Climate change is leading to the advancement of spring conditions, resulting in an earlier snowmelt and green-up, with highest rates of change in highly seasonal environments, including alpine habitats. Migratory birds breeding at high elevations need to time their arrival and lay dates accurately with this advancement, but also with the annually variable spring conditions at their breeding sites, to maximize nest survival probabilities and reproductive output. Nest survival probability and mean nestling mass were analysed in relation to lay date and habitat conditions in an alpine population of the migratory Northern Wheatear Oenanthe oenanthe collected over six consecutive breeding seasons in the Western Italian Alps. This open grassland species showed the lowest nest survival probability in years with an early onset of spring conditions. Within-season, nest survival was highest when breeding late, at lower elevations, and when grass cover and grass height were higher. Both across- and within-season, severe weather conditions may indirectly lead to higher early season nest failure rates by increasing predation risk. By contrast, mean nestling mass, and thus the quality of the fledglings, was lower when breeding late. This might be driven by a mismatch with the peak in food abundance. Breeding early is thus generally advantageous in terms of chick quality in our high-elevation population, but reproductive success is limited by the risk of nest failure that is higher in early springs and early in the season. This trade-off between breeding early and late may thus allow Northern Wheatears to maximize fitness under highly variable spring conditions. However, climate change may cause disruption to this trade-off, and shifts in phenology could become a threat for migratory alpine birds that might not be able to keep track of advancing spring conditions.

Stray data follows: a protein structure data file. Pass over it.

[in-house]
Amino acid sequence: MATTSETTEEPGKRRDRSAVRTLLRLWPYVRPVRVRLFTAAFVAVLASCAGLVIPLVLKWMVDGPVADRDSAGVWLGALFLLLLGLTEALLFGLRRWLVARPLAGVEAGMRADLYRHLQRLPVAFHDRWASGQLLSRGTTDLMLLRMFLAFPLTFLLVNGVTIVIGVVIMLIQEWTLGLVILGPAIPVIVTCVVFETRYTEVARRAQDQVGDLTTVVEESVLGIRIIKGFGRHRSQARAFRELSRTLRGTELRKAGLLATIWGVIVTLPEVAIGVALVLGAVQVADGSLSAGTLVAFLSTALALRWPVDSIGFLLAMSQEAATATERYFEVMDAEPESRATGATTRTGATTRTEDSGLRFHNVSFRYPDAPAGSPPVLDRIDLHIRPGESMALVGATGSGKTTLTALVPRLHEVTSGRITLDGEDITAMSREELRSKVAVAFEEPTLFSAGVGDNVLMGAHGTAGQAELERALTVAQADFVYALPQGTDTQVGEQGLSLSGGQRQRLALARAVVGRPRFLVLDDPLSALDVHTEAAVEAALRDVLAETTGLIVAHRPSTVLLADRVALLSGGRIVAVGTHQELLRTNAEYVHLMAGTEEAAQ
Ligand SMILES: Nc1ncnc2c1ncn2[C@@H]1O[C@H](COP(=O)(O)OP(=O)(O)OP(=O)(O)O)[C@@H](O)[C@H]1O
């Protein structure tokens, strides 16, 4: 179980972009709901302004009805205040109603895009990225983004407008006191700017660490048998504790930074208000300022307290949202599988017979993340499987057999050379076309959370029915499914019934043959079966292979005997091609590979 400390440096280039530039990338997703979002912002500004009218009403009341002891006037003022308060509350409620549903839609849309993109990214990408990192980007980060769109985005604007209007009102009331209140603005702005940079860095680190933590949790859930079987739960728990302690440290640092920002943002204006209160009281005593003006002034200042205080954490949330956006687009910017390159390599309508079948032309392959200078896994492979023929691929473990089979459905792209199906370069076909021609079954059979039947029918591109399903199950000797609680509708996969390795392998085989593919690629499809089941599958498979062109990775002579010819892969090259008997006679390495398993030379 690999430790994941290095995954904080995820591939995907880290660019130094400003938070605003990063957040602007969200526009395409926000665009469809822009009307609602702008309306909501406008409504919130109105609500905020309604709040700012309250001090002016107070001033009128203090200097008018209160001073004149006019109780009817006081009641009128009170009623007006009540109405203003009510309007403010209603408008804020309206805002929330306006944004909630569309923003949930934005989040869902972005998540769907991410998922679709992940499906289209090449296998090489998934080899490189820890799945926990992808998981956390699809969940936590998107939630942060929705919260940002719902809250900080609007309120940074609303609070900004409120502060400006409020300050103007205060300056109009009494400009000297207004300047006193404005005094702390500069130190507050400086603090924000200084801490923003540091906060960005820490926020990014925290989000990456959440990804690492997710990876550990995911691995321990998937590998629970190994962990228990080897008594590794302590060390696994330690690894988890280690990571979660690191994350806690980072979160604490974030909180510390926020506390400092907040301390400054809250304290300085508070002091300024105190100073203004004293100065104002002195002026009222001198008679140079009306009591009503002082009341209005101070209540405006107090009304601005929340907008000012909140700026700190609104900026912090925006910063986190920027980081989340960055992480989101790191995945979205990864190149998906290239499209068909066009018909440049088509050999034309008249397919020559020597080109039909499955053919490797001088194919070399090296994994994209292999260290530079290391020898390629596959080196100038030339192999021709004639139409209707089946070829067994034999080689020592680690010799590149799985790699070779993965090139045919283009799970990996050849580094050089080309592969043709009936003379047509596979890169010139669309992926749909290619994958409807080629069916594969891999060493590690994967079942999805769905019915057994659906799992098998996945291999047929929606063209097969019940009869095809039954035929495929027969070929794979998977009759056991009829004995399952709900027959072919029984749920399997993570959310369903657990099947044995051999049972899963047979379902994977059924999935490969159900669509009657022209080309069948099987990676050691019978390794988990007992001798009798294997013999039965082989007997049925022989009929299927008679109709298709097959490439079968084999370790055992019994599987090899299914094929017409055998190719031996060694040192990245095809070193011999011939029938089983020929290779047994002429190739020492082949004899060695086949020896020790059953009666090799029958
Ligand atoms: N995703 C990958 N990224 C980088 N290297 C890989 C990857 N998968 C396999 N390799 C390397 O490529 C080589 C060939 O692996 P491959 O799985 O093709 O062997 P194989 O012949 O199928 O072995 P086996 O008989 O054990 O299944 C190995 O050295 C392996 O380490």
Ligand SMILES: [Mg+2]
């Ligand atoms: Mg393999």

High nest failure but better nestling quality for early breeders in an alpine population of Northern Wheatear (Oenanthe oenanthe)

Sander M. M.;Alba R.;Chamberlain D.
2022-01-01

Abstract

Climate change is leading to the advancement of spring conditions, resulting in an earlier snowmelt and green-up, with highest rates of change in highly seasonal environments, including alpine habitats. Migratory birds breeding at high elevations need to time their arrival and lay dates accurately with this advancement, but also with the annually variable spring conditions at their breeding sites, to maximize nest survival probabilities and reproductive output. Nest survival probability and mean nestling mass were analysed in relation to lay date and habitat conditions in an alpine population of the migratory Northern Wheatear Oenanthe oenanthe collected over six consecutive breeding seasons in the Western Italian Alps. This open grassland species showed the lowest nest survival probability in years with an early onset of spring conditions. Within-season, nest survival was highest when breeding late, at lower elevations, and when grass cover and grass height were higher. Both across- and within-season, severe weather conditions may indirectly lead to higher early season nest failure rates by increasing predation risk. By contrast, mean nestling mass, and thus the quality of the fledglings, was lower when breeding late. This might be driven by a mismatch with the peak in food abundance. Breeding early is thus generally advantageous in terms of chick quality in our high-elevation population, but reproductive success is limited by the risk of nest failure that is higher in early springs and early in the season. This trade-off between breeding early and late may thus allow Northern Wheatears to maximize fitness under highly variable spring conditions. However, climate change may cause disruption to this trade-off, and shifts in phenology could become a threat for migratory alpine birds that might not be able to keep track of advancing spring conditions.
2022
1
17
alpine; climate change; grassland; phenology; songbird; trophic mismatch
Sander M.M.; Jahnig S.; Lisovski S.; Mermillon C.; Alba R.; Rosselli D.; Chamberlain D.
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Utilizza questo identificativo per citare o creare un link a questo documento: https://hdl.handle.net/2318/1880364
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